by a business unit with a large market share in a
high-growth industry


Information services

Organizations that furnish investment and other types of information, such as
information that helps a firm monitor its cash position.


internal accounting controls

Refers to forms used and procedures
established by a business—beyond what would be required for the
record-keeping function of accounting—that are designed to prevent
errors and fraud. Two examples of internal controls are (1) requiring a
second signature by someone higher in the organization to approve a
transaction in excess of a certain dollar amount and (2) giving customers
printed receipts as proof of sale. Other examples of internal
control procedures are restricting entry and exit routes of employees,
requiring all employees to take their vacations and assigning another
person to do their jobs while they are away, surveillance cameras, surprise
counts of cash and inventory, and rotation of duties. Internal controls
should be cost-effective; the cost of a control should be less than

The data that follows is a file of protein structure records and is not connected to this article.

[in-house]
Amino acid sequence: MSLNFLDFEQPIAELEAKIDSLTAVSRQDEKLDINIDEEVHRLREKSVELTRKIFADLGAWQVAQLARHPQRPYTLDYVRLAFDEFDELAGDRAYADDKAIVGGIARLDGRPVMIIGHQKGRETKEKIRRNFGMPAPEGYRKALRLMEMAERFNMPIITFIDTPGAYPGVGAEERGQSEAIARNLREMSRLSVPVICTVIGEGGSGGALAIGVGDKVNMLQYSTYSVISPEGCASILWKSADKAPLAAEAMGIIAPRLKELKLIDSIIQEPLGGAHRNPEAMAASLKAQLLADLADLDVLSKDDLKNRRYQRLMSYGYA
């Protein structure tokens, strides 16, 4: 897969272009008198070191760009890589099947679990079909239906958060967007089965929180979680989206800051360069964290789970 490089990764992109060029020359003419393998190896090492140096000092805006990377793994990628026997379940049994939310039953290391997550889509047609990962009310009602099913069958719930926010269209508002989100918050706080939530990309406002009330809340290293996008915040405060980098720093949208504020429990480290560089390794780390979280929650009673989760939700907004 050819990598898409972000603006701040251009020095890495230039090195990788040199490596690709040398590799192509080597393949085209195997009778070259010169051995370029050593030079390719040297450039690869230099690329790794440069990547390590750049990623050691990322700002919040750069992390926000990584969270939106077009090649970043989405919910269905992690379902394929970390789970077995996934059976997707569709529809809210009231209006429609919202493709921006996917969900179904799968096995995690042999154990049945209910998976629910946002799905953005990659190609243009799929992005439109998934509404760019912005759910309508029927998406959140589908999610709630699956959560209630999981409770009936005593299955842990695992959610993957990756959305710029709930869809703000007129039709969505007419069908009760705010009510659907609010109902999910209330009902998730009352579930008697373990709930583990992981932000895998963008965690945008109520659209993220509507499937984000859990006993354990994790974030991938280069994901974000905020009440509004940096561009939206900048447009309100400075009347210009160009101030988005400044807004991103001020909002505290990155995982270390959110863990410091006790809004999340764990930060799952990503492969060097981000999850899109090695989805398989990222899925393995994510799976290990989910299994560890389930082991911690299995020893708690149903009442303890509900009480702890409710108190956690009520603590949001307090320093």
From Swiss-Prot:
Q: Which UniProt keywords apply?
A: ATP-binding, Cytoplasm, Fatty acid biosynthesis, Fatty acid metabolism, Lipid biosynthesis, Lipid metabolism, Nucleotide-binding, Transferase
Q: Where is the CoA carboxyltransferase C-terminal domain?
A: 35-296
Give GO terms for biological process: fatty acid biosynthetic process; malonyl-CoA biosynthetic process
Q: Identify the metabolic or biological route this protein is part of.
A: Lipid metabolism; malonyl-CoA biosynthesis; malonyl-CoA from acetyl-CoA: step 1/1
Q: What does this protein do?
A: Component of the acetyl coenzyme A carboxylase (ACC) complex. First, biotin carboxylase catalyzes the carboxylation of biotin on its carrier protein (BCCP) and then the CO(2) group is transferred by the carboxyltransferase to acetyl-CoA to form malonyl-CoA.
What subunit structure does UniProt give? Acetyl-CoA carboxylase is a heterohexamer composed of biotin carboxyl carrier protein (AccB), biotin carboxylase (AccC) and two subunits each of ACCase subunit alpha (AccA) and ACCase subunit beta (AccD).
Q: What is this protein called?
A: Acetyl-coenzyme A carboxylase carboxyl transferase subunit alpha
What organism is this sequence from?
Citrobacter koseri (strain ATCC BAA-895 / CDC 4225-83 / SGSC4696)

the potential loss that is prevented. The guiding principle for designing
internal accounting controls is to deter and detect errors and dishonesty.
The best internal controls in the world cannot prevent most fraud
by high-level managers who take advantage of their positions of trust
and authority.


Limit price

Maximum price fluctuation
Limitation on asset dispositions A bond covenant that restricts in some way a firm's ability to sell major
assets.


Liquidation

When a firm's business is terminated, assets are sold, proceeds pay creditors and any leftovers
are distributed to shareholders. Any transaction that offsets or closes out a Long or short position. Related:
buy in, evening up, offsetliquidity.


Long